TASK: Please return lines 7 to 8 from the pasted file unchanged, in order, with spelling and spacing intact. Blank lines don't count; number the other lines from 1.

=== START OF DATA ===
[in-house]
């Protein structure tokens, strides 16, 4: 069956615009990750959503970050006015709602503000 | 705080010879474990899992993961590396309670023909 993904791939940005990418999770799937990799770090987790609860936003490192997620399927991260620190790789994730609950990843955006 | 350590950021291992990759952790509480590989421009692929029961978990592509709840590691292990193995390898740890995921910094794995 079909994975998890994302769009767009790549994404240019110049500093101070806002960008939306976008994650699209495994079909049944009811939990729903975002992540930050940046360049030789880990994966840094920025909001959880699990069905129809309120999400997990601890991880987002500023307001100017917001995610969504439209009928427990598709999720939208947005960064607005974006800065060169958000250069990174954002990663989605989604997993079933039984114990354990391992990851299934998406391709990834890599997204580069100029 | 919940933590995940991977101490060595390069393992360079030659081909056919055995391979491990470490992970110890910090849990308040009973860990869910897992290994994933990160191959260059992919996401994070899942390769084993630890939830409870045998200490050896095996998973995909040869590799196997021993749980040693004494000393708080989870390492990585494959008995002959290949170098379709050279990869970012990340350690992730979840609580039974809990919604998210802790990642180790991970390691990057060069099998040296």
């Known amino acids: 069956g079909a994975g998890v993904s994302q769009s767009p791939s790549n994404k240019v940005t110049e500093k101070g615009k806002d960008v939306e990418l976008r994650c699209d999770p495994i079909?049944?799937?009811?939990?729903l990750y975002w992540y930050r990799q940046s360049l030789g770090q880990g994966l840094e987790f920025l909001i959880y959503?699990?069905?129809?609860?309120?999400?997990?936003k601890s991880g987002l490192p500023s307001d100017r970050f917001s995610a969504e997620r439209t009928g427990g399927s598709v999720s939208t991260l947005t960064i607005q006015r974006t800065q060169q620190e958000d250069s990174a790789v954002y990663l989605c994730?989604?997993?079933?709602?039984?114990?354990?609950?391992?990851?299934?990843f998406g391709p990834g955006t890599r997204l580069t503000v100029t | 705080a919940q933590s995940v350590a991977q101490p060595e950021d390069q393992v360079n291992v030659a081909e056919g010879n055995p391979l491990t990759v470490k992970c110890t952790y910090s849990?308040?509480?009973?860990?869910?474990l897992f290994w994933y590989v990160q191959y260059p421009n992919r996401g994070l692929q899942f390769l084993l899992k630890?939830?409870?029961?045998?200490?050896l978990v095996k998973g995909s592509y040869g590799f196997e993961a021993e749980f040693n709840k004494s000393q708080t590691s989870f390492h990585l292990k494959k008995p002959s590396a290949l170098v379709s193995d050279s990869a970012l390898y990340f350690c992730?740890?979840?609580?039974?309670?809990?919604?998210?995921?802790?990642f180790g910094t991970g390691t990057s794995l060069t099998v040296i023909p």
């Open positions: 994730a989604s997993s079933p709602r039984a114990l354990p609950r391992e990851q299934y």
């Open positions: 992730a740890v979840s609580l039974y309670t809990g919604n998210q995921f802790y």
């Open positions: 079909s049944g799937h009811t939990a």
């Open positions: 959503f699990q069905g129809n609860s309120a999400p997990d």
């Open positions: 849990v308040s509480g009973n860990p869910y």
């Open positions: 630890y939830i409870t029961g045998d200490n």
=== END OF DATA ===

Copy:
């Open positions: 959503f699990q069905g129809n609860s309120a999400p997990d």
């Open positions: 849990v308040s509480g009973n860990p869910y």